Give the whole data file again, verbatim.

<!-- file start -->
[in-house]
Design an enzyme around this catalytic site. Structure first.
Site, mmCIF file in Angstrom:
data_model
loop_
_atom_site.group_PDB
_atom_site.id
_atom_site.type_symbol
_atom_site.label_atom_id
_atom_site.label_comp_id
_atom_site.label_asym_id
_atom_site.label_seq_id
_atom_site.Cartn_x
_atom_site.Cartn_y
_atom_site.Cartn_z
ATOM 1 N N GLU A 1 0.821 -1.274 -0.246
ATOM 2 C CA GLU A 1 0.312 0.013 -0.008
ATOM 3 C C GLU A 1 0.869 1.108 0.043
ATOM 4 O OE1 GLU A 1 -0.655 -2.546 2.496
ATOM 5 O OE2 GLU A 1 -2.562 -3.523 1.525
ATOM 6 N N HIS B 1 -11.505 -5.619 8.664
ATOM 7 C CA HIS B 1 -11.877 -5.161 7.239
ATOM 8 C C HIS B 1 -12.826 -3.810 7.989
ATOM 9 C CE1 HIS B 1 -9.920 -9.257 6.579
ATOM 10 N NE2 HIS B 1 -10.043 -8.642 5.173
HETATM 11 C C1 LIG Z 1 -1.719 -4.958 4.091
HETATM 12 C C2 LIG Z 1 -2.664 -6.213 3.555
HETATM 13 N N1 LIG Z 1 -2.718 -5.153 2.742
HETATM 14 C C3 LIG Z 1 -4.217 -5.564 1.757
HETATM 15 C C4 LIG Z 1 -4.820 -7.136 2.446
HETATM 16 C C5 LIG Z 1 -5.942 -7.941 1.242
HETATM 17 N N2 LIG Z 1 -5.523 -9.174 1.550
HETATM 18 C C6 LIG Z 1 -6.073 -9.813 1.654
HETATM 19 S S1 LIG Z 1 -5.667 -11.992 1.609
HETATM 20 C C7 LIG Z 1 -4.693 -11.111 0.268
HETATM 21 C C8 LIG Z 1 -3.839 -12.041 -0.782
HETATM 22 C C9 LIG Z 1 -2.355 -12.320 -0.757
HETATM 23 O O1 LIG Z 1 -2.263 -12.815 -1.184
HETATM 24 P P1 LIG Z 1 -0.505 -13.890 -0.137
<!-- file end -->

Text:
[in-house]
Design an enzyme around this catalytic site. Structure first.
Site, mmCIF file in Angstrom:
data_model
loop_
_atom_site.group_PDB
_atom_site.id
_atom_site.type_symbol
_atom_site.label_atom_id
_atom_site.label_comp_id
_atom_site.label_asym_id
_atom_site.label_seq_id
_atom_site.Cartn_x
_atom_site.Cartn_y
_atom_site.Cartn_z
ATOM 1 N N GLU A 1 0.821 -1.274 -0.246
ATOM 2 C CA GLU A 1 0.312 0.013 -0.008
ATOM 3 C C GLU A 1 0.869 1.108 0.043
ATOM 4 O OE1 GLU A 1 -0.655 -2.546 2.496
ATOM 5 O OE2 GLU A 1 -2.562 -3.523 1.525
ATOM 6 N N HIS B 1 -11.505 -5.619 8.664
ATOM 7 C CA HIS B 1 -11.877 -5.161 7.239
ATOM 8 C C HIS B 1 -12.826 -3.810 7.989
ATOM 9 C CE1 HIS B 1 -9.920 -9.257 6.579
ATOM 10 N NE2 HIS B 1 -10.043 -8.642 5.173
HETATM 11 C C1 LIG Z 1 -1.719 -4.958 4.091
HETATM 12 C C2 LIG Z 1 -2.664 -6.213 3.555
HETATM 13 N N1 LIG Z 1 -2.718 -5.153 2.742
HETATM 14 C C3 LIG Z 1 -4.217 -5.564 1.757
HETATM 15 C C4 LIG Z 1 -4.820 -7.136 2.446
HETATM 16 C C5 LIG Z 1 -5.942 -7.941 1.242
HETATM 17 N N2 LIG Z 1 -5.523 -9.174 1.550
HETATM 18 C C6 LIG Z 1 -6.073 -9.813 1.654
HETATM 19 S S1 LIG Z 1 -5.667 -11.992 1.609
HETATM 20 C C7 LIG Z 1 -4.693 -11.111 0.268
HETATM 21 C C8 LIG Z 1 -3.839 -12.041 -0.782
HETATM 22 C C9 LIG Z 1 -2.355 -12.320 -0.757
HETATM 23 O O1 LIG Z 1 -2.263 -12.815 -1.184
HETATM 24 P P1 LIG Z 1 -0.505 -13.890 -0.137